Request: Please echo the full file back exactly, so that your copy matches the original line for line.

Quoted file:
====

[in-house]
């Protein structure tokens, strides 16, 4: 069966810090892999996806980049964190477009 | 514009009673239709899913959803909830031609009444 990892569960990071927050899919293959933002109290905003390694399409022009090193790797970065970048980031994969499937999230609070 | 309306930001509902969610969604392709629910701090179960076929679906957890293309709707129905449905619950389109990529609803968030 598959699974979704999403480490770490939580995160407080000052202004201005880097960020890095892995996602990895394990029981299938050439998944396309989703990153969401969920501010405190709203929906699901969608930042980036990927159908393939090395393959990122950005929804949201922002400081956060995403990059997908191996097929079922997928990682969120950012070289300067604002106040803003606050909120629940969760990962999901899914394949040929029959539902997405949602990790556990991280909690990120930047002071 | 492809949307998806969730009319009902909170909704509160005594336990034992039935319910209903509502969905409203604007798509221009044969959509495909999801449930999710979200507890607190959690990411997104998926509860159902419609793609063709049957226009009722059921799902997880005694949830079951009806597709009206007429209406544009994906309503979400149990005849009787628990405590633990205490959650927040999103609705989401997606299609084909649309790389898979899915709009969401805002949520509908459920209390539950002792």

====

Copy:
[in-house]
């Protein structure tokens, strides 16, 4: 069966810090892999996806980049964190477009 | 514009009673239709899913959803909830031609009444 990892569960990071927050899919293959933002109290905003390694399409022009090193790797970065970048980031994969499937999230609070 | 309306930001509902969610969604392709629910701090179960076929679906957890293309709707129905449905619950389109990529609803968030 598959699974979704999403480490770490939580995160407080000052202004201005880097960020890095892995996602990895394990029981299938050439998944396309989703990153969401969920501010405190709203929906699901969608930042980036990927159908393939090395393959990122950005929804949201922002400081956060995403990059997908191996097929079922997928990682969120950012070289300067604002106040803003606050909120629940969760990962999901899914394949040929029959539902997405949602990790556990991280909690990120930047002071 | 492809949307998806969730009319009902909170909704509160005594336990034992039935319910209903509502969905409203604007798509221009044969959509495909999801449930999710979200507890607190959690990411997104998926509860159902419609793609063709049957226009009722059921799902997880005694949830079951009806597709009206007429209406544009994906309503979400149990005849009787628990405590633990205490959650927040999103609705989401997606299609084909649309790389898979899915709009969401805002949520509908459920209390539950002792």